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Summit for Democracy: Opportunity for governments to recommit to anti-corruption

Transparency International calls on participating leaders to announce actions to improve implementation of their anti-corruption commitments

At the second Summit for Democracy beginning this week, Transparency International is calling on leaders to strengthen transnational cooperation and endorse the recommendations of the Cohort on International Cooperation for Anti-Corruption.

From the 28th to the 30th of March, the summit will include the plenary day in the United States and four regional meetings in South Korea, Costa Rica, the Netherlands and Zambia. The Indo-Pacific Regional Meeting in South Korea has a focus on anti-corruption, including financial transparency and international cooperation – recognising their critical importance for upholding democracy around the world.

The lack of meaningful action to combat corruption and the unchecked flow of dirty money has contributed to the rise of authoritarian regimes, state capture and human rights abuses – with devastating effects. In order to defend democracy, peace and security, governments must take immediate collective action.

Gillian Dell, Global Advocacy Lead at Transparency International said:

"Corruption is one of the greatest threats to democracy. It’s the enemy of good governance, precipitates conflict and sets back sustainable development around the world. Now is the time for governments to take bold action against it.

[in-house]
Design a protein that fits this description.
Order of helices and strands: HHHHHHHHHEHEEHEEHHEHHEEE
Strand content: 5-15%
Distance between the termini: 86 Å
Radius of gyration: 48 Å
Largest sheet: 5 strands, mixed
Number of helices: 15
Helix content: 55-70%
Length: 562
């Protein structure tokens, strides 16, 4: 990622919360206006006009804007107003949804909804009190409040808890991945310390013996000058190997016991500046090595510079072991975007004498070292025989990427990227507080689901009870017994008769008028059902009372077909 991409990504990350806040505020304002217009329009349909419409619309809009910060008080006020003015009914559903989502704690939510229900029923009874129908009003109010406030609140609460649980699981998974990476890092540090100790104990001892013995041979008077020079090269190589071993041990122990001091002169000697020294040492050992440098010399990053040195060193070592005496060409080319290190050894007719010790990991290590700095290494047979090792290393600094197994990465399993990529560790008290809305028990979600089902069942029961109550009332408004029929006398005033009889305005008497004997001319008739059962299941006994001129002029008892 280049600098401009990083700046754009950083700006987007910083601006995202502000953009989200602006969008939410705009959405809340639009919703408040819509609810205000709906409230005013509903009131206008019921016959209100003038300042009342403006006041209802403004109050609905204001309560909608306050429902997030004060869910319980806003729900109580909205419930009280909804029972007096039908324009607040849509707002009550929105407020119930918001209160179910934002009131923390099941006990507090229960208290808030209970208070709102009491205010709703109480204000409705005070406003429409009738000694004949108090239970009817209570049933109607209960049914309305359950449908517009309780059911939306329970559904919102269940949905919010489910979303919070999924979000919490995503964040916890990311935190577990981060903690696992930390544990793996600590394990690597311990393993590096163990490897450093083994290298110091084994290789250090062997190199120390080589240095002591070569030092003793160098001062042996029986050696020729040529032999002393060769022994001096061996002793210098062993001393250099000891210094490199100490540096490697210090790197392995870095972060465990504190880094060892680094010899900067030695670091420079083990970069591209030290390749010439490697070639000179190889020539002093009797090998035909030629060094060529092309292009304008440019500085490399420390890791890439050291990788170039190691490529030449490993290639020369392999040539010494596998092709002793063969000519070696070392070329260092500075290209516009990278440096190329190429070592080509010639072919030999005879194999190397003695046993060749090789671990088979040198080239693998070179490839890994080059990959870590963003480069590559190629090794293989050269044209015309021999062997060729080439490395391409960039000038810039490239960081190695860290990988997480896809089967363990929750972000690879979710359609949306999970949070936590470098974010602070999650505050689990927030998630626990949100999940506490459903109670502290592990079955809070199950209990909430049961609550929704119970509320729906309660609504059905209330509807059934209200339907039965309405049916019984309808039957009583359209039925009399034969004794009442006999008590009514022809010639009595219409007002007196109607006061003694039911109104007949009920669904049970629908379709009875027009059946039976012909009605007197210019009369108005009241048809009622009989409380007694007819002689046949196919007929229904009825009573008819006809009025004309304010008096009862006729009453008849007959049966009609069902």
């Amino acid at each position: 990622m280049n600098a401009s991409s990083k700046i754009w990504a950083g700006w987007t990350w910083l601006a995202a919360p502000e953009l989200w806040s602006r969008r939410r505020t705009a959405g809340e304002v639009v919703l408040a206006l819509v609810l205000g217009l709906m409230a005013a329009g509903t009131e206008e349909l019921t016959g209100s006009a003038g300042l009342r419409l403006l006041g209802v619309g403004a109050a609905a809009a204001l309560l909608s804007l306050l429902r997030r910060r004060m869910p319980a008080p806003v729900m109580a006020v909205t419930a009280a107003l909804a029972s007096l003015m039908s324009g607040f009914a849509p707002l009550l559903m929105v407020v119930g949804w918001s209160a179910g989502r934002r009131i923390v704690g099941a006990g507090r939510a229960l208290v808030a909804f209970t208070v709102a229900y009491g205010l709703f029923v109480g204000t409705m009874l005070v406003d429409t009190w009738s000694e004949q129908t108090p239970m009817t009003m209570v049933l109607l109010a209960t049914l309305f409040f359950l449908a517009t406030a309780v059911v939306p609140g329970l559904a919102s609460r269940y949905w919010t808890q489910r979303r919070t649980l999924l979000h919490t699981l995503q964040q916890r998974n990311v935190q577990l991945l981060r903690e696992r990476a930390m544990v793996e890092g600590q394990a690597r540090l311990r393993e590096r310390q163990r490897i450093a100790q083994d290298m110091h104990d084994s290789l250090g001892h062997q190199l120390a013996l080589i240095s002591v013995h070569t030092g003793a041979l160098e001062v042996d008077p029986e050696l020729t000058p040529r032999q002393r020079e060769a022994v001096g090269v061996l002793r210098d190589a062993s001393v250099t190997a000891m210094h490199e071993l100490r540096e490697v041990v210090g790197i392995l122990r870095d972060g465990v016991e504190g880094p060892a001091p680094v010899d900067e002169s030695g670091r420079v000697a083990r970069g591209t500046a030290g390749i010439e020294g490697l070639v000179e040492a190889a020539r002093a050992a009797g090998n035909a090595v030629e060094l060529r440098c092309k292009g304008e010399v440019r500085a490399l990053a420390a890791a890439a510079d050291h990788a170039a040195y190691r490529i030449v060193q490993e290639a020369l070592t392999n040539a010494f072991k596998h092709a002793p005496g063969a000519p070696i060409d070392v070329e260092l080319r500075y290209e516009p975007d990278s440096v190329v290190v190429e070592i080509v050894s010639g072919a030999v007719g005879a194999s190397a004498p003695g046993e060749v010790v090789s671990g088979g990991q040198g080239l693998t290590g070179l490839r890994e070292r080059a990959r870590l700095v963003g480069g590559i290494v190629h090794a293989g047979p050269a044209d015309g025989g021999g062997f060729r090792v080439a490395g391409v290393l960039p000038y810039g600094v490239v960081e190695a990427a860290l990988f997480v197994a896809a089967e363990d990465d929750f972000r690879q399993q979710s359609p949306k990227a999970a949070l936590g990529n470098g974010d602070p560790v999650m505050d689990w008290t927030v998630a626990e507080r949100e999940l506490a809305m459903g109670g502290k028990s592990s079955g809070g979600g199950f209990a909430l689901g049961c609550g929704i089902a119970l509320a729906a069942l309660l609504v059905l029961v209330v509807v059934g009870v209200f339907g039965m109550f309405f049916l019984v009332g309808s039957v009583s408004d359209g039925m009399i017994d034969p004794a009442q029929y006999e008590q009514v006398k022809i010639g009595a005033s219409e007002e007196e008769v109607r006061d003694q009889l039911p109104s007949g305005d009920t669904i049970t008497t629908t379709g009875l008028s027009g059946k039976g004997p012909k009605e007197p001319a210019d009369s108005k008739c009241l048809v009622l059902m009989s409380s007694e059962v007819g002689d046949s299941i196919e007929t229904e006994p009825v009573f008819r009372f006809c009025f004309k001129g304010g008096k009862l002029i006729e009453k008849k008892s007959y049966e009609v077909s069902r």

“States must protect democracy by combating transnational corruption and illicit financial flows – through concrete measures like transparent beneficial ownership registers and greater cross-border cooperation.”

As co-lead of the Summit for Democracy Cohort on International Cooperation for Anti-Corruption, Transparency International calls for:

  • Strengthening compliance with international standards by improving implementation review mechanisms and demanding more accountability from non-cooperative states.
  • Widening the scope of international standards and related domestic legislation, which includes recognizing grand corruption offences as serious organised crimes, closing loopholes by utilising centralised beneficial ownership registers and ensuring more oversight of the professional enablers of transnational corruption.
  • Establishing operational coordination and cooperation between states using informal channels and providing technical assistance to countries with limited capacity, as well as promoting early engagement with foreign jurisdictions and cooperation between law enforcement and non-state actors.
  • Enhancing domestic enforcement and asset management capacities by ensuring authorities have the independence and resources to trace assets following convictions; as well as protecting and rewarding whistleblowers from the public and private sectors who report on corruption and granting independent CSOs legal standing to represent the public interest and to pursue corruption cases, including claims on behalf of victims of corruption.

Notes to editors

Transparency International has played a role in this year’s summit, including co-leading the Cohort on International Cooperation for Anti-Corruption, providing inputs to the Indo-Pacific meeting. You can watch the full summit here, including Session 4 on Financial Transparency and Integrity.

Ahead of the Indo-Pacific meeting, Transparency International’s Asia Pacific chapters developed an open letter for Indo-Pacific governments, calling for specific actions in the region, which you can see here.

The full list of recommendations from the Cohort on International Cooperation for Anti-Corruption can be found here. In addition, the Cohort on Financial Transparency and Integrity calls for beneficial ownership transparency and countering the misuse of professional service industries to enable corruption.